5. At all times Cubbie has managed its water rights in compliance with its authorised water licenses, the Murray Darling Basin Plan and government policy. As described above, it has also taken the initiative around managing water for the benefit of downstream users.

    6. No fertiliser or chemicals from Cubbie Station’s cotton farming ever enters the natural water courses as the irrigated farming area of Cubbie Station is fully bunded.

    7. 6GL of Environment, Stock and Domestic flow was released at St George from 25th December 2018 and ceased on 3rd January 2019. (NO water available for irrigation purposes.) Fortunately, this flow has reached Cubbie Station as domestic water levels at Cubbie Station were extremely low. In accordance to water resource rules the low flow has now passed through the Cubbie Station weir.

    8. NO cotton or summer crops will be harvest at Cubbie Station in 2019.

  8. Thanks for the update, Tony. The article was written in early 2017, and at that time, my research could find little or no info on Cubbie Station after 2013, thus the narrow scope of the piece. Cubbie Station was in the news and current affairs programs regularly 10 years ago, due to its water allocation abuses. If they have taken steps to correct that, then that can only be a good thing for our river systems, especially in a time of prolonged drought, and very obvious climate change. Even after the Four Corners program on severe water allocation abuses (of which Cubbie Station was not mentioned, I should point out), it would appear at this stage that both State and Federal governments are dragging their feet to correct, so there will undoubtedly be more on the subject in the not far distant future. I stick by my opinion that water-intensive crops should not be grown in this country, and that re-education on sustainable farming practices along our waterways should be a priority. The subject has been ignored for way too long, and it is going to come back and bite us on the arse if no action is taken.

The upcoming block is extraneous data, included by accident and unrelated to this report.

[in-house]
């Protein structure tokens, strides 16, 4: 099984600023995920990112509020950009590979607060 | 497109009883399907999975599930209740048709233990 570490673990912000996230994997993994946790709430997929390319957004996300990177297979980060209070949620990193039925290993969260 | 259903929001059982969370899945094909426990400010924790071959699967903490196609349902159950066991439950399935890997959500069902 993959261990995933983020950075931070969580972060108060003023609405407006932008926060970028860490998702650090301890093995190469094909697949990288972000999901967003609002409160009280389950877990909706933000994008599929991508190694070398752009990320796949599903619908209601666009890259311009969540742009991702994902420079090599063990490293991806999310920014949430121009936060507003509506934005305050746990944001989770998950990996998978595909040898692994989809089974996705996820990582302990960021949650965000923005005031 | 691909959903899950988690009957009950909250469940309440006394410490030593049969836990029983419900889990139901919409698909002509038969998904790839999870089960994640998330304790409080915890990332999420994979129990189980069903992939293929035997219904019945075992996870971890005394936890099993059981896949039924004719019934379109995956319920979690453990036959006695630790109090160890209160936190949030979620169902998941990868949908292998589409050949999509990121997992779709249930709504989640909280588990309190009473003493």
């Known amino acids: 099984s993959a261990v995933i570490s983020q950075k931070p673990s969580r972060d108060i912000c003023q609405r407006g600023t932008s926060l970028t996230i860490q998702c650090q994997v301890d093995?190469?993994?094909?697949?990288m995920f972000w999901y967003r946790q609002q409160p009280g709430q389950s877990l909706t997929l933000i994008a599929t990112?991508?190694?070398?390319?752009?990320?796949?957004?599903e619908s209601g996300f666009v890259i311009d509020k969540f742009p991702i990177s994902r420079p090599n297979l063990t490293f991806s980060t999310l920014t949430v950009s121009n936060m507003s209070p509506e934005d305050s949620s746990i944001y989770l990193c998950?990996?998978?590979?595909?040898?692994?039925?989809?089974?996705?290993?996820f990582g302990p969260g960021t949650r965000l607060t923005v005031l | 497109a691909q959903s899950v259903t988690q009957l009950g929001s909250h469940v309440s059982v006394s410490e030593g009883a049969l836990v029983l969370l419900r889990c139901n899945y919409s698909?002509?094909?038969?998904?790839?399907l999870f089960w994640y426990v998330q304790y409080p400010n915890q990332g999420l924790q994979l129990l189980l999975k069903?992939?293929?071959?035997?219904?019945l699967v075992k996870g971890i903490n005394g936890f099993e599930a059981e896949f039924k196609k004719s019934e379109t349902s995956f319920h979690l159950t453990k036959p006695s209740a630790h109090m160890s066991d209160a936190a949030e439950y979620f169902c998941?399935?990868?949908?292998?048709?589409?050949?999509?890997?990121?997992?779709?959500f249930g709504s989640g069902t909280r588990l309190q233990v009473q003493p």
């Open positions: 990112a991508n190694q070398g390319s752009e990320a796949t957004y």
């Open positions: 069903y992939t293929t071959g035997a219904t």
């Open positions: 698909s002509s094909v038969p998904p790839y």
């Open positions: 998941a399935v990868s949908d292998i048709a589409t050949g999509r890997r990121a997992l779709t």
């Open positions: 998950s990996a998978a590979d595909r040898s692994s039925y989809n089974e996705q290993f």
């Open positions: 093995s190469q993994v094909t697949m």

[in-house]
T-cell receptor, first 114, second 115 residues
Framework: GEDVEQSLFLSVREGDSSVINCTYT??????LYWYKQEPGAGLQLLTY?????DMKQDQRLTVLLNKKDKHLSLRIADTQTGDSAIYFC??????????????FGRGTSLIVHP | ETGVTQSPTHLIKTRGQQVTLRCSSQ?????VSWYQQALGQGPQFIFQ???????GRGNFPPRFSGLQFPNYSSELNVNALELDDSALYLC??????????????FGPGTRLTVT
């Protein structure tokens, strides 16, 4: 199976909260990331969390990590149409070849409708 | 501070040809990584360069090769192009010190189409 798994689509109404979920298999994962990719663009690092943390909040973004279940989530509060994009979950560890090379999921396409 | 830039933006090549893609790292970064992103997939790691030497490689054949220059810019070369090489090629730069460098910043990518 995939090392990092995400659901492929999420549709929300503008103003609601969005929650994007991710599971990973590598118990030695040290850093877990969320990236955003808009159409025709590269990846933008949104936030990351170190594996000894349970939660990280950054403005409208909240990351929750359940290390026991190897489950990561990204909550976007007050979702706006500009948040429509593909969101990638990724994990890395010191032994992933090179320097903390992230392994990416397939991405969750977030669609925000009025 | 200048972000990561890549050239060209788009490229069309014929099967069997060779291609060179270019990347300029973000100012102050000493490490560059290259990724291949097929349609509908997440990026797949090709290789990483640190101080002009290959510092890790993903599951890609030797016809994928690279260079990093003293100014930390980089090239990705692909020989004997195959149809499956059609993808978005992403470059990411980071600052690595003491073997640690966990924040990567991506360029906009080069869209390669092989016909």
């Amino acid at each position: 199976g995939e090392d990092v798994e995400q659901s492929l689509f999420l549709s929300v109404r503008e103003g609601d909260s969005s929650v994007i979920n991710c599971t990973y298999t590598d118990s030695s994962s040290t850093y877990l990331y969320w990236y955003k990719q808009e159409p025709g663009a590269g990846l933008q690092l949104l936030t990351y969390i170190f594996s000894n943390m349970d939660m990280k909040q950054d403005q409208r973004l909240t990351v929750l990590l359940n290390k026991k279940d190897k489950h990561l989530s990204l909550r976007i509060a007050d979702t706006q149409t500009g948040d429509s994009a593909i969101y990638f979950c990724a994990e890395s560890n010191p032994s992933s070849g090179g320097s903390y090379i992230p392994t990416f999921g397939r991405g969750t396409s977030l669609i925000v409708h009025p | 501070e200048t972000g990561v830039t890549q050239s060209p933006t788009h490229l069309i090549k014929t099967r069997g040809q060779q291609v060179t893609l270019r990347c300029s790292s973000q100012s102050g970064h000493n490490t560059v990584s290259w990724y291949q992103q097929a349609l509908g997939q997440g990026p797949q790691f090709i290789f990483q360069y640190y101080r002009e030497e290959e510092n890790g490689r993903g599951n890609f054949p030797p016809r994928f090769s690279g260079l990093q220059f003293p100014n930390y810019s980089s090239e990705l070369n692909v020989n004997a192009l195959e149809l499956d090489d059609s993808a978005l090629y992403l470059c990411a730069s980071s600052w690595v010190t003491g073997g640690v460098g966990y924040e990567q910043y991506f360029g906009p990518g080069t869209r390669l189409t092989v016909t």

My great grand uncle, Captain George Rickinson Swan Pickhills, was an environmentalist long before the word was ever known. I have letters and articles on him from the latter half of the 1800s,whereby he was informing government agencies on the state of the Darling River , making suggestions for improving it, criticising them for stupid decisions regarding it, and in one instance deliberately pulling down a structure blocking egress along the river. He ran steamers and barges along the river from Bourke in NSW to Googles in South Australia. He loved that river and its tributaries, as it was his livelihood. It would seem that the care of these river systems has been an issue for a long, long time.

    Again, thank you for the information. It is now there in comments for people to read. Regards, Tim.

  9. Very interesting read. Shit’s me when both state & federal government know about this, but just procrastinate! One really does have to wonder about the probability of corruption and bribes surrounding water allocations!

  10. Tony, re the Cubbie update, can you explain if by not taking water from your allotment, are you actually receiving money by selling back allocations that you don’t use, even if there are not flows in the river to draw from ?

  11. Hi Tim, just been researching Cubbie and found your article. I run a site called Echo Active (echoactive-dot-com), was wondering if you’d like to join and write a short article summarising what’s going on. Best, David